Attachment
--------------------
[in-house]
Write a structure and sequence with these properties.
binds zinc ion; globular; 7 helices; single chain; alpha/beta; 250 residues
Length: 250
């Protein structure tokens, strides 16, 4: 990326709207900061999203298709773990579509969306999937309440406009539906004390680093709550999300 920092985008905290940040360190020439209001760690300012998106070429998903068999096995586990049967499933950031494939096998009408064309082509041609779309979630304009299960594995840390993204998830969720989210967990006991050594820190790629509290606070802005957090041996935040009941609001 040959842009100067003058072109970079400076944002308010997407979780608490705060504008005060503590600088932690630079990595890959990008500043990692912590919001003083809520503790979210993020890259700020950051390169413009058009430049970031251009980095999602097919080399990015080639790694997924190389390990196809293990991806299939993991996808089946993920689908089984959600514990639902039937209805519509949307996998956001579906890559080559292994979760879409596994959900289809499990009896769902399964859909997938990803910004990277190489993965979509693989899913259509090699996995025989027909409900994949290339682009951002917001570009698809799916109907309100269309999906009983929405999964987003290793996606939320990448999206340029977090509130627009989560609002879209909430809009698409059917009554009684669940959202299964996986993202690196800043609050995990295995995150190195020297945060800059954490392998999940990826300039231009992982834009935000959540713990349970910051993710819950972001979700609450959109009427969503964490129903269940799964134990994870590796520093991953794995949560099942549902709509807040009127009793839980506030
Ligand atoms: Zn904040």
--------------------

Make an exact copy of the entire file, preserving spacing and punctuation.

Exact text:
[in-house]
Write a structure and sequence with these properties.
binds zinc ion; globular; 7 helices; single chain; alpha/beta; 250 residues
Length: 250
């Protein structure tokens, strides 16, 4: 990326709207900061999203298709773990579509969306999937309440406009539906004390680093709550999300 920092985008905290940040360190020439209001760690300012998106070429998903068999096995586990049967499933950031494939096998009408064309082509041609779309979630304009299960594995840390993204998830969720989210967990006991050594820190790629509290606070802005957090041996935040009941609001 040959842009100067003058072109970079400076944002308010997407979780608490705060504008005060503590600088932690630079990595890959990008500043990692912590919001003083809520503790979210993020890259700020950051390169413009058009430049970031251009980095999602097919080399990015080639790694997924190389390990196809293990991806299939993991996808089946993920689908089984959600514990639902039937209805519509949307996998956001579906890559080559292994979760879409596994959900289809499990009896769902399964859909997938990803910004990277190489993965979509693989899913259509090699996995025989027909409900994949290339682009951002917001570009698809799916109907309100269309999906009983929405999964987003290793996606939320990448999206340029977090509130627009989560609002879209909430809009698409059917009554009684669940959202299964996986993202690196800043609050995990295995995150190195020297945060800059954490392998999940990826300039231009992982834009935000959540713990349970910051993710819950972001979700609450959109009427969503964490129903269940799964134990994870590796520093991953794995949560099942549902709509807040009127009793839980506030
Ligand atoms: Zn904040």